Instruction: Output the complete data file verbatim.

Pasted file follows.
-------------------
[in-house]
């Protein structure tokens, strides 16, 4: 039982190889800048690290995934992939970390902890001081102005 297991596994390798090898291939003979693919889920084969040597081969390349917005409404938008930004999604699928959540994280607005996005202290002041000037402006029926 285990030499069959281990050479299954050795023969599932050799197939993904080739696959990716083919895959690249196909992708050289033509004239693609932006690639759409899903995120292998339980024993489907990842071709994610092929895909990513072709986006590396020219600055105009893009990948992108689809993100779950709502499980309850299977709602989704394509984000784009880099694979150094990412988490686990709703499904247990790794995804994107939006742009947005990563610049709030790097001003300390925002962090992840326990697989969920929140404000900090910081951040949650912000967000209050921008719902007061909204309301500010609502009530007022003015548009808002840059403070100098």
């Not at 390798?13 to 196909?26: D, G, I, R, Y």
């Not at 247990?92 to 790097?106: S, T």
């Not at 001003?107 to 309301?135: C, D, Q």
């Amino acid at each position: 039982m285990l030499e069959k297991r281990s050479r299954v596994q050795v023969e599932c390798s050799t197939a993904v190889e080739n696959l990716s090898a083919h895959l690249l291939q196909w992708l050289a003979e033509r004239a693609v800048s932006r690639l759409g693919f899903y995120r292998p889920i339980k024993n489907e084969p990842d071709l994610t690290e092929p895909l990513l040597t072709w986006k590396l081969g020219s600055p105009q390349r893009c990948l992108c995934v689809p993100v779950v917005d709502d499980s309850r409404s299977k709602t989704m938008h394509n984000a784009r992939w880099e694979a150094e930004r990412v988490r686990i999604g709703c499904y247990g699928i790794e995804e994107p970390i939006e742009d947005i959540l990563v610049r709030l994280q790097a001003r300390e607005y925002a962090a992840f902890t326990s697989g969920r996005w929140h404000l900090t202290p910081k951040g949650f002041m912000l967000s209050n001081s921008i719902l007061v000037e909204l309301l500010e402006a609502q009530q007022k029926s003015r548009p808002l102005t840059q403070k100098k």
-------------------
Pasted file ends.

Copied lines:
[in-house]
């Protein structure tokens, strides 16, 4: 039982190889800048690290995934992939970390902890001081102005 297991596994390798090898291939003979693919889920084969040597081969390349917005409404938008930004999604699928959540994280607005996005202290002041000037402006029926 285990030499069959281990050479299954050795023969599932050799197939993904080739696959990716083919895959690249196909992708050289033509004239693609932006690639759409899903995120292998339980024993489907990842071709994610092929895909990513072709986006590396020219600055105009893009990948992108689809993100779950709502499980309850299977709602989704394509984000784009880099694979150094990412988490686990709703499904247990790794995804994107939006742009947005990563610049709030790097001003300390925002962090992840326990697989969920929140404000900090910081951040949650912000967000209050921008719902007061909204309301500010609502009530007022003015548009808002840059403070100098």
């Not at 390798?13 to 196909?26: D, G, I, R, Y």
């Not at 247990?92 to 790097?106: S, T």
């Not at 001003?107 to 309301?135: C, D, Q």
């Amino acid at each position: 039982m285990l030499e069959k297991r281990s050479r299954v596994q050795v023969e599932c390798s050799t197939a993904v190889e080739n696959l990716s090898a083919h895959l690249l291939q196909w992708l050289a003979e033509r004239a693609v800048s932006r690639l759409g693919f899903y995120r292998p889920i339980k024993n489907e084969p990842d071709l994610t690290e092929p895909l990513l040597t072709w986006k590396l081969g020219s600055p105009q390349r893009c990948l992108c995934v689809p993100v779950v917005d709502d499980s309850r409404s299977k709602t989704m938008h394509n984000a784009r992939w880099e694979a150094e930004r990412v988490r686990i999604g709703c499904y247990g699928i790794e995804e994107p970390i939006e742009d947005i959540l990563v610049r709030l994280q790097a001003r300390e607005y925002a962090a992840f902890t326990s697989g969920r996005w929140h404000l900090t202290p910081k951040g949650f002041m912000l967000s209050n001081s921008i719902l007061v000037e909204l309301l500010e402006a609502q009530q007022k029926s003015r548009p808002l102005t840059q403070k100098k």